Coronavirus in Scotland: Glasgow bar owner says Bank Holiday weekend is ‘wee jolt in the arm’ hospitality needs

A Glasgow bar owner has said the upcoming Bank Holiday weekend is “essential” for the city’s struggling hospitality industry and the “wee jolt in the arm” the sector needs.

Colin Clydesdale is the co-owner of establishments including Ubiquitous Chip, Stravaigin and Hanoi Bike Shop with those among the many in Glasgow he says have “effectively shut since October”.

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That move brought widespread relaxations over rules in hospitality and entertainment, including venues being able to serve alcohol indoors.

With a Bank Holiday Monday approaching this week, Mr Clydesdale is pleading for more notice this time around on what the decision would be – even if it means hearing the restrictions will continue.

He said: “We’ve got the Bank Holiday which will bring income, income is exactly what this industry needs so rather than leaving it to the last minute tell us in advance either way because at the moment we’re trying to second guess the scenario and no one’s got a clue.

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“If the figures are stacking up and it looks like they’re gonna allow us to open then give us as much notice as humanly possible – 4.45pm on a Friday is not enough.

Hanoi Bike Shop in Glasgow.Hanoi Bike Shop in Glasgow.
Hanoi Bike Shop in Glasgow.

“Let’s not be naive here this weekend is necessary to the trade, it’s the wee jolt in the arm it needs to get itself possibly started, businesses have sustained huge losses for over a year – you tell me which other trade has been asked to do that.

“No other business has been treated like this and it’s not just a business – there are tens of thousands of jobs in Glasgow alone and that’s just in establishments… there’s fishermen that aren’t landing catches because Glasgow’s not buying it at the moment.”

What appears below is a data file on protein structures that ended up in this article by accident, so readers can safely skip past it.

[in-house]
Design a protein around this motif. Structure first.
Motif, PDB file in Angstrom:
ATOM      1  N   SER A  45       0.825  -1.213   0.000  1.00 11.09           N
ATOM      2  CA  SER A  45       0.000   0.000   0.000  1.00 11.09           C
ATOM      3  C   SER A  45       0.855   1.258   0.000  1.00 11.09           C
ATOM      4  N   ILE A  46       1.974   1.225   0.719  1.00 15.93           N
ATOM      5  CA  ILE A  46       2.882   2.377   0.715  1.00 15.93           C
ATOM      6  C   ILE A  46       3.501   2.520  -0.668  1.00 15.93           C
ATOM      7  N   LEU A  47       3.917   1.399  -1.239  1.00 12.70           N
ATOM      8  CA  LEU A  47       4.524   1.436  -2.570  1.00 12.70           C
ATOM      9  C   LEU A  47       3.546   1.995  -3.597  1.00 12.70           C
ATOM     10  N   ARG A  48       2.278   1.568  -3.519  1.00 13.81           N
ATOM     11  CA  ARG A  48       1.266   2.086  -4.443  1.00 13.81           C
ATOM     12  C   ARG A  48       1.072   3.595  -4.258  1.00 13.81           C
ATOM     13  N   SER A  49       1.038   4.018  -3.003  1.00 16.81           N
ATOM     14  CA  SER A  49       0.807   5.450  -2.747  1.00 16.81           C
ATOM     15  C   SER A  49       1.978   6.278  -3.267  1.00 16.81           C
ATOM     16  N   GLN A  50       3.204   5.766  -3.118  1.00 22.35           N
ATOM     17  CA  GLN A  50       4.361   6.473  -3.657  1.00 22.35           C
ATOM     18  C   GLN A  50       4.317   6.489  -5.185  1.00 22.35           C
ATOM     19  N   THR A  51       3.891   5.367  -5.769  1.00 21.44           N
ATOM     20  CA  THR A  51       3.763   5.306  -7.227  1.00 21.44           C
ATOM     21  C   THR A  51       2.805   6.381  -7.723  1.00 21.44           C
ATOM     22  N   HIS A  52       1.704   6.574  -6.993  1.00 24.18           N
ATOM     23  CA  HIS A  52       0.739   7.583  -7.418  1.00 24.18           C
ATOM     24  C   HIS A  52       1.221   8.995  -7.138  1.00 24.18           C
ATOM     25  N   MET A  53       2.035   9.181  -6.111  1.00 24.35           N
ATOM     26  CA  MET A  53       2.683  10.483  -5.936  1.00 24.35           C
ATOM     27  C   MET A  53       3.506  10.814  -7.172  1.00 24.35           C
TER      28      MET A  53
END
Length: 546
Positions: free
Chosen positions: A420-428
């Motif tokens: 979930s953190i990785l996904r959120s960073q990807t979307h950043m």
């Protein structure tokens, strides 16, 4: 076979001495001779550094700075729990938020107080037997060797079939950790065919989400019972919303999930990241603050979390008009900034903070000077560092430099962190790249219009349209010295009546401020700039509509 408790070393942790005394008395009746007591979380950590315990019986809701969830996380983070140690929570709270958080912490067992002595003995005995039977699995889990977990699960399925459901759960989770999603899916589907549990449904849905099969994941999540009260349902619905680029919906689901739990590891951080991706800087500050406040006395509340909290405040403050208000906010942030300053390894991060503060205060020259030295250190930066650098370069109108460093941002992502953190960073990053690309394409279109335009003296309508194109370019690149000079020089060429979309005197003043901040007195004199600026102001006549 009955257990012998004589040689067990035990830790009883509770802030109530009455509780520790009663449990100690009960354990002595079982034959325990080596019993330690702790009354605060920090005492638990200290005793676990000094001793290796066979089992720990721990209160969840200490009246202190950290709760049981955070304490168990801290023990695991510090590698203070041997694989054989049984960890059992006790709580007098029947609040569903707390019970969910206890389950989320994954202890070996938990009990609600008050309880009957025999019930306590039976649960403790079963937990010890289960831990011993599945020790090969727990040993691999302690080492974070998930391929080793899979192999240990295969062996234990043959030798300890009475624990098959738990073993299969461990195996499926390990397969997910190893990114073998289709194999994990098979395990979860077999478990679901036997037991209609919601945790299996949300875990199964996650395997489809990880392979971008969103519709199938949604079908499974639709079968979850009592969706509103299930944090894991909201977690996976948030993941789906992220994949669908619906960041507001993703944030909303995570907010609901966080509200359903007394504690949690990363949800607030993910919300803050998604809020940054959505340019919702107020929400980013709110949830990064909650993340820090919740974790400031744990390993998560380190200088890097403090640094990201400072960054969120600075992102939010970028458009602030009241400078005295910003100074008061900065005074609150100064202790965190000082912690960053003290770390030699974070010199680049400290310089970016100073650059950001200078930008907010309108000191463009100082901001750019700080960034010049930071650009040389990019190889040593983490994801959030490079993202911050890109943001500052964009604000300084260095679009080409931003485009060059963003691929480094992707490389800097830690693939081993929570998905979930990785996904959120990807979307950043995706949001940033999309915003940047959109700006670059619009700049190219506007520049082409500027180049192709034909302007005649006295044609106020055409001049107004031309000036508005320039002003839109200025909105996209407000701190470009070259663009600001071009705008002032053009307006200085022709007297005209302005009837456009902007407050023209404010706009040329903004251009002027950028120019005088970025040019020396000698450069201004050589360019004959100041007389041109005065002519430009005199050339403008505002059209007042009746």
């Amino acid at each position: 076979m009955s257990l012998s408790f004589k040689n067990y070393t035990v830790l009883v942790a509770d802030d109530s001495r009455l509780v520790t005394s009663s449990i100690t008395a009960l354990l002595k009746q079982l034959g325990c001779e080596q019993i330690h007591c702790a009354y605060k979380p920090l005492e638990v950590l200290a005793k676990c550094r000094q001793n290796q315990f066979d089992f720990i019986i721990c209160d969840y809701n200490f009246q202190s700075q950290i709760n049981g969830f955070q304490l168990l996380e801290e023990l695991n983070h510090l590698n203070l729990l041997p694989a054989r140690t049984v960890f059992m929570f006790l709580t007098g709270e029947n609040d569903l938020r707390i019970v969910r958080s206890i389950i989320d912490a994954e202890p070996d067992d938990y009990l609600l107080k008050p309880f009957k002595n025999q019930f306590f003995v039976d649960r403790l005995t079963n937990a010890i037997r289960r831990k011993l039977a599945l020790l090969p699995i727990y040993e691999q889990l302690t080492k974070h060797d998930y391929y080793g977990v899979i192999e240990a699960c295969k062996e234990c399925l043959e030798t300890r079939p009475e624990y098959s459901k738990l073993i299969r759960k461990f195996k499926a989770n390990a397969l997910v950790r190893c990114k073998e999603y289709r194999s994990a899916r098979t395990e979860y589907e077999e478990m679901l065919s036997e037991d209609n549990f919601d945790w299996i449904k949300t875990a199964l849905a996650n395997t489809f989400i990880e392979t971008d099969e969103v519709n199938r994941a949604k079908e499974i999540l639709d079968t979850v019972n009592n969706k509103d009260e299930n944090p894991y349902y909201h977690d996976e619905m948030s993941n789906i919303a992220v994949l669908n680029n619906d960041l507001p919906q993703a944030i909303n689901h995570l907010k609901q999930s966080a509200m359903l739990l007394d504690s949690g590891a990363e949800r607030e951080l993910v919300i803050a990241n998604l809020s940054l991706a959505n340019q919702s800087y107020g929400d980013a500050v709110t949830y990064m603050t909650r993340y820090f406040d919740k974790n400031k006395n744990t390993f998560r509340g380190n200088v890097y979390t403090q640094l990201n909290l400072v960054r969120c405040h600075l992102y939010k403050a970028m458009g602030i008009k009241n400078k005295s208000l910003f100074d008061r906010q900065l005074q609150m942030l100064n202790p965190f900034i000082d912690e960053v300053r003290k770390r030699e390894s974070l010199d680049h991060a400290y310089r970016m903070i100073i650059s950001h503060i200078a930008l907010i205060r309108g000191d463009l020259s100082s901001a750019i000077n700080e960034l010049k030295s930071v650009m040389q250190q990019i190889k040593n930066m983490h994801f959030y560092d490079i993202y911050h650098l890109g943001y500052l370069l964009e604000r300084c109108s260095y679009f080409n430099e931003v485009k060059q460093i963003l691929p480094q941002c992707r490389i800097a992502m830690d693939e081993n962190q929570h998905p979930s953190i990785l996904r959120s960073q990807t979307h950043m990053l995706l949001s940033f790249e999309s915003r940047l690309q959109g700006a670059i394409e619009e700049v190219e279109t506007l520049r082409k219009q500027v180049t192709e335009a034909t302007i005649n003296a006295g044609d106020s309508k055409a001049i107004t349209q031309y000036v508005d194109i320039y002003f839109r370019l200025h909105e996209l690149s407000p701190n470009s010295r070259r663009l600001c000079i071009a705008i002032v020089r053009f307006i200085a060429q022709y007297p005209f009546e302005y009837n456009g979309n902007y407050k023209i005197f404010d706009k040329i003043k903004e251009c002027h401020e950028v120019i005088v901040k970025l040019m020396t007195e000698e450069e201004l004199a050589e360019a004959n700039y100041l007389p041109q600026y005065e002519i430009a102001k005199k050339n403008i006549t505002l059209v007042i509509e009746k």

Mr Clydesdale also said his team spent three days cancelling 700 bookings they had on the Saturday after the decision was announced.

He added: “Every bar and restaurant in Glasgow had spent an enormous amount of money just to get themselves ready to go after 14 months of the worst trading period ever and at the end of it had the feet kicked from under us.

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“We now appear to be getting to a position where we may well be allowed to reopen, ‘cautiously optimistic’ is the phrase they’re using.

“Everybody in this industry has tried our level best to accommodate whatever restrictions were put on us and let’s be fair – hospitality has been on the hook for this over and over and over again.

“We’ve been shut effectively since last October, we had two sets of two weeks when we’ve been allowed to trade until 6pm – how on earth can this now be hospitality’s fault?

“It just doesn’t stack up and here we are penalised again… the only folk in the UK that can’t sell a pint inside.”

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